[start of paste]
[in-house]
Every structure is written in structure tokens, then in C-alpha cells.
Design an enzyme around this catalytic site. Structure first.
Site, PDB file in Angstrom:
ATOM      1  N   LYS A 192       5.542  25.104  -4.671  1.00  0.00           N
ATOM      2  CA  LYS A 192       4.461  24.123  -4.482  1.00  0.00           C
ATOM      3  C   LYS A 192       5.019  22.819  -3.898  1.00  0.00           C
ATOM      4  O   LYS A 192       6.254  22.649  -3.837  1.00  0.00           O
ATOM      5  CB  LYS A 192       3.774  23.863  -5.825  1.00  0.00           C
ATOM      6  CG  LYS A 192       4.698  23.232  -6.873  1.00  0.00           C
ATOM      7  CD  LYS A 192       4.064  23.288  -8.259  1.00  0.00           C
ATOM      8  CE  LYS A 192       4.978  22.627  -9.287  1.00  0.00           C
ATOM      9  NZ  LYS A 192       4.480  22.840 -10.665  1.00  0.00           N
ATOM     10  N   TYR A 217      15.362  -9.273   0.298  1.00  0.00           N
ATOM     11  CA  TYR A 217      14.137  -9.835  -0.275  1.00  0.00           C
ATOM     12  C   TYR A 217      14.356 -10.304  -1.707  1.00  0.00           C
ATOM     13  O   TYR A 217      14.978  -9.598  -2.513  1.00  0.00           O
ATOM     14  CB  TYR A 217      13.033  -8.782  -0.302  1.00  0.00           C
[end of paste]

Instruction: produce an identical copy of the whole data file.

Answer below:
[in-house]
Every structure is written in structure tokens, then in C-alpha cells.
Design an enzyme around this catalytic site. Structure first.
Site, PDB file in Angstrom:
ATOM      1  N   LYS A 192       5.542  25.104  -4.671  1.00  0.00           N
ATOM      2  CA  LYS A 192       4.461  24.123  -4.482  1.00  0.00           C
ATOM      3  C   LYS A 192       5.019  22.819  -3.898  1.00  0.00           C
ATOM      4  O   LYS A 192       6.254  22.649  -3.837  1.00  0.00           O
ATOM      5  CB  LYS A 192       3.774  23.863  -5.825  1.00  0.00           C
ATOM      6  CG  LYS A 192       4.698  23.232  -6.873  1.00  0.00           C
ATOM      7  CD  LYS A 192       4.064  23.288  -8.259  1.00  0.00           C
ATOM      8  CE  LYS A 192       4.978  22.627  -9.287  1.00  0.00           C
ATOM      9  NZ  LYS A 192       4.480  22.840 -10.665  1.00  0.00           N
ATOM     10  N   TYR A 217      15.362  -9.273   0.298  1.00  0.00           N
ATOM     11  CA  TYR A 217      14.137  -9.835  -0.275  1.00  0.00           C
ATOM     12  C   TYR A 217      14.356 -10.304  -1.707  1.00  0.00           C
ATOM     13  O   TYR A 217      14.978  -9.598  -2.513  1.00  0.00           O
ATOM     14  CB  TYR A 217      13.033  -8.782  -0.302  1.00  0.00           C